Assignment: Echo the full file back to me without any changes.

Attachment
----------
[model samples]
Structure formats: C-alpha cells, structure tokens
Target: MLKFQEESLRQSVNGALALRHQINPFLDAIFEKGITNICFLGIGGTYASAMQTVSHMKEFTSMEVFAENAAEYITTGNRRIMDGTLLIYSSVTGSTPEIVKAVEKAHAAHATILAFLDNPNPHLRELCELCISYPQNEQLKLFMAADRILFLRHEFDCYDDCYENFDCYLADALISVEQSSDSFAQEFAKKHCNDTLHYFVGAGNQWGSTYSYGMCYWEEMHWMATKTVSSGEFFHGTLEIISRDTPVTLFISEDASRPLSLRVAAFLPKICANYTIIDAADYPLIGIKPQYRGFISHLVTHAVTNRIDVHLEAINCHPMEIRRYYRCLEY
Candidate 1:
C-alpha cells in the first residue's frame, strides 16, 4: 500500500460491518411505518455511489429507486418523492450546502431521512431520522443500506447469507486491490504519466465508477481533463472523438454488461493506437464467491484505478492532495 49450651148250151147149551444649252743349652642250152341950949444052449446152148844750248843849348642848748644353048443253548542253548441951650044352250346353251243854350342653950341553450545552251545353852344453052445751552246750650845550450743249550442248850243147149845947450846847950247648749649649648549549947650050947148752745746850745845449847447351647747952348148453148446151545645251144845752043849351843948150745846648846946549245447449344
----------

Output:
[model samples]
Structure formats: C-alpha cells, structure tokens
Target: MLKFQEESLRQSVNGALALRHQINPFLDAIFEKGITNICFLGIGGTYASAMQTVSHMKEFTSMEVFAENAAEYITTGNRRIMDGTLLIYSSVTGSTPEIVKAVEKAHAAHATILAFLDNPNPHLRELCELCISYPQNEQLKLFMAADRILFLRHEFDCYDDCYENFDCYLADALISVEQSSDSFAQEFAKKHCNDTLHYFVGAGNQWGSTYSYGMCYWEEMHWMATKTVSSGEFFHGTLEIISRDTPVTLFISEDASRPLSLRVAAFLPKICANYTIIDAADYPLIGIKPQYRGFISHLVTHAVTNRIDVHLEAINCHPMEIRRYYRCLEY
Candidate 1:
C-alpha cells in the first residue's frame, strides 16, 4: 500500500460491518411505518455511489429507486418523492450546502431521512431520522443500506447469507486491490504519466465508477481533463472523438454488461493506437464467491484505478492532495 49450651148250151147149551444649252743349652642250152341950949444052449446152148844750248843849348642848748644353048443253548542253548441951650044352250346353251243854350342653950341553450545552251545353852344453052445751552246750650845550450743249550442248850243147149845947450846847950247648749649649648549549947650050947148752745746850745845449847447351647747952348148453148446151545645251144845752043849351843948150745846648846946549245447449344